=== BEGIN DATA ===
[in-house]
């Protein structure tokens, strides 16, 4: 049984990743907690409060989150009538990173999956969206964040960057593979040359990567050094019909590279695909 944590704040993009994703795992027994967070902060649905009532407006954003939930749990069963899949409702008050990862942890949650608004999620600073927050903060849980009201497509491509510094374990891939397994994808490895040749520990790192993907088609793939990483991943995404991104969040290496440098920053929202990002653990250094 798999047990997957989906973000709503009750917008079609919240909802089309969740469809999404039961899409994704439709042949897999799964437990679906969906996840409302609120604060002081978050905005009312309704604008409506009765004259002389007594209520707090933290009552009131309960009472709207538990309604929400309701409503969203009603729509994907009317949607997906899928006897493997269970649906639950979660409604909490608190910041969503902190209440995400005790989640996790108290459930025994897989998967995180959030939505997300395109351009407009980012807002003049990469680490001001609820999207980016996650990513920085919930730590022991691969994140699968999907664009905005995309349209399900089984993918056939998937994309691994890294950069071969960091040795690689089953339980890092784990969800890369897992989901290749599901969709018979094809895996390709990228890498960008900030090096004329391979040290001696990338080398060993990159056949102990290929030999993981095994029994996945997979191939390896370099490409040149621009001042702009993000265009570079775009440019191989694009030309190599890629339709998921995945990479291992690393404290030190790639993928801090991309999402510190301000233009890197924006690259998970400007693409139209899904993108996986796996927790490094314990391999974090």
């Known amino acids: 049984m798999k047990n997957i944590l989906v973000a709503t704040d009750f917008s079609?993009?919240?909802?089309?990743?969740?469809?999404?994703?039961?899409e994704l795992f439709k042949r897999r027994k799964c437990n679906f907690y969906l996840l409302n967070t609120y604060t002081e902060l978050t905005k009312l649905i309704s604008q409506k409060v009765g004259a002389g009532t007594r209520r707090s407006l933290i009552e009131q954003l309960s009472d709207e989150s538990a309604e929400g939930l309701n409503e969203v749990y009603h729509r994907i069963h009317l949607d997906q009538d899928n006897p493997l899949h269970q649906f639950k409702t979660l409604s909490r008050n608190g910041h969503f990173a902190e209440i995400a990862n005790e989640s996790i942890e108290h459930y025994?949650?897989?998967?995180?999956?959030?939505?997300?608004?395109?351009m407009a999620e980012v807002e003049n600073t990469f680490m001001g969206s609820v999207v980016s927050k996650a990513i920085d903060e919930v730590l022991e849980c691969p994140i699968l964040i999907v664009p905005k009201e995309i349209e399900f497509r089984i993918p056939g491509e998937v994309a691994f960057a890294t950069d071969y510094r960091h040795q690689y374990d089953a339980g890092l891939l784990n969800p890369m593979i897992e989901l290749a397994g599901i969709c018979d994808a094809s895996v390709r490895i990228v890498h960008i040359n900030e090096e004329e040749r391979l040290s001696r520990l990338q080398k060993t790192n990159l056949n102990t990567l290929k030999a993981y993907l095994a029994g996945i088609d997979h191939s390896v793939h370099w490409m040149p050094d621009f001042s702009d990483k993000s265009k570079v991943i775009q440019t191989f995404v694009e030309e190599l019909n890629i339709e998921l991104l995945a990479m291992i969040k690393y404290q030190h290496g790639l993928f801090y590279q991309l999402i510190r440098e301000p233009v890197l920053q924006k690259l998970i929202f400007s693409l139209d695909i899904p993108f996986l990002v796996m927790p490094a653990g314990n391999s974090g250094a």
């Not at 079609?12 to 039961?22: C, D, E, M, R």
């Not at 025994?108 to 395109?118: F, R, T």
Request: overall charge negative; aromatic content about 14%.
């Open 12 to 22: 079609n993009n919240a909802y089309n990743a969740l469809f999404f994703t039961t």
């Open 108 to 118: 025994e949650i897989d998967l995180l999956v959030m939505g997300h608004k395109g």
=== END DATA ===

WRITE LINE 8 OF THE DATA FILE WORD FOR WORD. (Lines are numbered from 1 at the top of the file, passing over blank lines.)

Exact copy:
């Open 108 to 118: 025994e949650i897989d998967l995180l999956v959030m939505g997300h608004k395109g």